4. He was concerned about economic inequality:

In his speech on the eve of the signing into law of the Indian Constitution, delivered on 25 November 1949, he said: “On the 26th of January 1950, we are going to enter into a life of con­tradictions. In politics we will have equality and in so­cial and economic life we will have inequality. In politics we will be recognizing the principle of one man one vote and one vote one value. In our social and economic life, we shall, by reason of our social and economic struc­ture, continue to deny the principle of ‘one man one value’. How long shall we continue to live this life of contradictions? …We must remove this contra­diction at the earliest possible moment or else those who suffer from inequality will blow up the structure of political democracy which this Assembly has so laboriously built up.” [<[Sanjeev: concern for inequality is wasteful and disruptive. All we need is social insurance and elimination of dire poverty]p>

5. He wanted to nationalise land:

He sees an extremely important role for the state in such transformation of agriculture and advocates the nationalization of land and the leasing out of land to groups of cultivators, who are to be encouraged to form coopera­tives in order to promote agriculture. … During the framing of the Constitution, Ambedkar had visualised that agriculture shall be a State Industry, and be organized by the State taking over all land and letting it out for cultivation in suitable standard sizes to residents of the villages to be cultivated as collective farms by groups of families. The State had the responsibility to supply capital necessary for agriculture as well as for industry.” [<[Sanjeev: property rights are inviolable. This idea is obnoxious in the extreme]p>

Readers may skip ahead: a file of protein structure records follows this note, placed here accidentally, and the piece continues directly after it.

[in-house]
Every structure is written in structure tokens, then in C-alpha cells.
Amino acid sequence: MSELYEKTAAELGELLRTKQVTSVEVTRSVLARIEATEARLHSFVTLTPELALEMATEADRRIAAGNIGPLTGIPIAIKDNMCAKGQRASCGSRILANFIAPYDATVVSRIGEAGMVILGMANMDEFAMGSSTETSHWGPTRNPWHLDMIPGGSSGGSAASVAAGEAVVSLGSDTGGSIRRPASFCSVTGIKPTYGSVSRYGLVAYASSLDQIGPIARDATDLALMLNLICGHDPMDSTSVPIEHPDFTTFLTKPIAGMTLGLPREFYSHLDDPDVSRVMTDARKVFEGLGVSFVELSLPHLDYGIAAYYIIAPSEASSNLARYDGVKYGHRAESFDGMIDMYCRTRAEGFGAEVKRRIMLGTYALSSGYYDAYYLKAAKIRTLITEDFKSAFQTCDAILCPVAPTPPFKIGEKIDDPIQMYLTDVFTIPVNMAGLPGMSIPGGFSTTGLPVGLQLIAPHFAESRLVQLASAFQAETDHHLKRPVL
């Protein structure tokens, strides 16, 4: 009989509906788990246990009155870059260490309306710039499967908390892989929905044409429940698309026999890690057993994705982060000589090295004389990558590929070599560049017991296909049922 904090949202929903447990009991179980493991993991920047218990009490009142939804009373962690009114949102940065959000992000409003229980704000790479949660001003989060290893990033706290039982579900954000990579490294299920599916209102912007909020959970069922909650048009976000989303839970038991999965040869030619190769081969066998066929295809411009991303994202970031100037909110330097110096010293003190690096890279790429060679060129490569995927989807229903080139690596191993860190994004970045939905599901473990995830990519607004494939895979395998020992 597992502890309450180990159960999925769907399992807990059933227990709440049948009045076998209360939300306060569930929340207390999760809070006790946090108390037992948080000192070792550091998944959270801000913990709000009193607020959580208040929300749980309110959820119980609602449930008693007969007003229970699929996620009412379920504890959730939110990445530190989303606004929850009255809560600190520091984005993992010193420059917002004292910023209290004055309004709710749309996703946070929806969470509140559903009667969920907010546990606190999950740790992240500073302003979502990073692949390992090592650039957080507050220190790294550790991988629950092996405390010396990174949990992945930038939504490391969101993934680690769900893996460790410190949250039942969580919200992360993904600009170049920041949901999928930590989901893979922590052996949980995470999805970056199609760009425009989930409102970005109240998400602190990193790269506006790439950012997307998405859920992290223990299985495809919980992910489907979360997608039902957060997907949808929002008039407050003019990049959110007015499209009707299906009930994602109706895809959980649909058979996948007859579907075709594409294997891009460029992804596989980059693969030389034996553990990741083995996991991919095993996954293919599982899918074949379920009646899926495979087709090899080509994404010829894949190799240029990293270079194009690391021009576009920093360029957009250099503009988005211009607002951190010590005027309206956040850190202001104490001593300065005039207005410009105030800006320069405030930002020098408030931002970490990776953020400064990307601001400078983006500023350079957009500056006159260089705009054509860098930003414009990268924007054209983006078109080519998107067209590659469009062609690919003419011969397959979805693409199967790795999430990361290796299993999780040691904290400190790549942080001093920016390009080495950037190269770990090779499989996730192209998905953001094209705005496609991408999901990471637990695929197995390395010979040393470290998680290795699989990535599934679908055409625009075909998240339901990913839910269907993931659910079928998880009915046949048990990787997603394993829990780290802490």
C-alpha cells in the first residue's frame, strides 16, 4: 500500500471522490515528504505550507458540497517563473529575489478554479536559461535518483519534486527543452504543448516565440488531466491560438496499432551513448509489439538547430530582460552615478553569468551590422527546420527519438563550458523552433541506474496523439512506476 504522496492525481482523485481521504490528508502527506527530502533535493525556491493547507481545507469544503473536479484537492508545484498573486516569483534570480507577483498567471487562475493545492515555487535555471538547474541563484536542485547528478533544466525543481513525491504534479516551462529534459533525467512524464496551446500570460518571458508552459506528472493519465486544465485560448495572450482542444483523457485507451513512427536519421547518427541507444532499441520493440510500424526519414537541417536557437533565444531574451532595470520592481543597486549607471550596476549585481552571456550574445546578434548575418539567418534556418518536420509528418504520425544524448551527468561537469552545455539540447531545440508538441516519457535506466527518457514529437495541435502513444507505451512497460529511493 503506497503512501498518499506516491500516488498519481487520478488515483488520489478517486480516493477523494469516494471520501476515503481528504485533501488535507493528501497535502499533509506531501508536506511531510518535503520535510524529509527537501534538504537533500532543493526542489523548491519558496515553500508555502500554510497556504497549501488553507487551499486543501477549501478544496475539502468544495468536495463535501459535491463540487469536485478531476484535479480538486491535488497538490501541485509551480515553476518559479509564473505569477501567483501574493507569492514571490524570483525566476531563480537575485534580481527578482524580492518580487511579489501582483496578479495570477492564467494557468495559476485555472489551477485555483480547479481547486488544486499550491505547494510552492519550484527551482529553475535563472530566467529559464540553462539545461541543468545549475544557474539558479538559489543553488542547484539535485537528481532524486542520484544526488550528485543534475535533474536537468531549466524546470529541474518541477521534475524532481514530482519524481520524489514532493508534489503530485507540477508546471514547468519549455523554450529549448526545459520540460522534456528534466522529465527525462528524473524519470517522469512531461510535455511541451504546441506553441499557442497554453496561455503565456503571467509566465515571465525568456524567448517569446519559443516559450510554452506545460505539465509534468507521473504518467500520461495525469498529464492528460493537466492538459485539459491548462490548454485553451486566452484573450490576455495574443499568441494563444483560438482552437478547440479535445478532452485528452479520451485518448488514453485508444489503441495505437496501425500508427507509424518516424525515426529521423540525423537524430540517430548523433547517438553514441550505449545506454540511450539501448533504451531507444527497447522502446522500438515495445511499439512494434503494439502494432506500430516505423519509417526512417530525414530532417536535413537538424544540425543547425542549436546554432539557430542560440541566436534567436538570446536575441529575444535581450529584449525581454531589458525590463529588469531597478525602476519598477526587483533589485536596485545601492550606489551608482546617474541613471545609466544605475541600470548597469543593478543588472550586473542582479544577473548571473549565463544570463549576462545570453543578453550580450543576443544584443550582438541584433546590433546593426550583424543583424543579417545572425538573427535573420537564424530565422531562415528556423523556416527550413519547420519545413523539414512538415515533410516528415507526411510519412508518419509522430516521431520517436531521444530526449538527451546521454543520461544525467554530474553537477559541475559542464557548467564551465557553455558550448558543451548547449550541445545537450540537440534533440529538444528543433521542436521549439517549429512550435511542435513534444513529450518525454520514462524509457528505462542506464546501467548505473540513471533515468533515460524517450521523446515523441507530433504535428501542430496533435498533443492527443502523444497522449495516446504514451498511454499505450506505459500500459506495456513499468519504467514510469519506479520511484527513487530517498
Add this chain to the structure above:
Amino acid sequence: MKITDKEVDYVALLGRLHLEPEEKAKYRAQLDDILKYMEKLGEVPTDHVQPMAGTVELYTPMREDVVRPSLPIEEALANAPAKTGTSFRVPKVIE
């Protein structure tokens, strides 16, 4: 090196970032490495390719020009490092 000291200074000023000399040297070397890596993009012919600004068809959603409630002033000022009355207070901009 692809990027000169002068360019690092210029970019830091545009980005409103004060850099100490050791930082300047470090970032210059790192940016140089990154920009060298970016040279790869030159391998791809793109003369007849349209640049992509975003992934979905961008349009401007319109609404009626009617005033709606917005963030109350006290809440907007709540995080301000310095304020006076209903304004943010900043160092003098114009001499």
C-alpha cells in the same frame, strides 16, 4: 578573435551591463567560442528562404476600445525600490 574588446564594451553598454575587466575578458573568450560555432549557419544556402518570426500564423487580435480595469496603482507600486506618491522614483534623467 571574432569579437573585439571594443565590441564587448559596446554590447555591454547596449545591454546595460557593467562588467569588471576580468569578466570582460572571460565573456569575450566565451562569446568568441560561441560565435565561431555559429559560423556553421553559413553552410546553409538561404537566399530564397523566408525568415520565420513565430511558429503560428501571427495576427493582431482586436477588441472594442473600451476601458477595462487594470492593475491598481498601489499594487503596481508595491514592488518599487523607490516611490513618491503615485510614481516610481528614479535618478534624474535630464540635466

6. He wanted sound money:

Ambedkar was a believer in the quantity theory of money. In his book, “The Problem of the Rupee”, Ambedkar’s main thrust was the criticism the “reckless issue of rupee currency”. By removing the automatic link between money supply and gold reserves of the country, enormous power was vested with the government to expand money supply, without similar expansion in production of goods and services, leading to an unstable currency value. Ambedkar took the position that an unstable currency could lead to uncontrolled inflation; since a “man­aged currency system” allowed the government to in­dulge in fiscal extravagance and wasteful government expenditure. [<[Sanjeev: this is fine, but overall, Ambedkar seems to have been a very poor economist]p>

7. He wanted labour market interventions by government:

In 1936, Dr. Ambedkar founded the Independent Labour Party. As a Labour Member of the Viceroy’s Executive Council from 1942 to 1946, Dr. Ambedkar was instrumental in bringing about several labour reforms including establishment of employment exchanges, generally laying the foundations of Industrial relations in Independent India. [<[Sanjeev: once again, the focus should be on ensuring freedom in industrial relations]p>

CONCLUSION

So what can we say about Ambedkar?

One can say he was trained in economics and that’s a good thing. We, however, note a very strong Marxist influence in his work.

He took on some elements of liberalism but then tried to graft Marxism to it.

That’s something impossible to do.

So what should we conclude?

Ambedkar was a POOR ECONOMIST and did not understand markets or the price system. He was not a classical liberal in the genuine sense. His views are highly distorted and statist.

India is fortunate to have had at least a half-competent person like him to help draft its constitution. But the defects in India’s constitution are just too many and to Ambedkar – in addition to to Nehru and the other socialists – must go the blame for letting India down.

Sad, indeed, that there was virtually no leader at the top in India for the past 100 years who understood (and therefore was able to promote) liberty

Sanjeev Sabhlok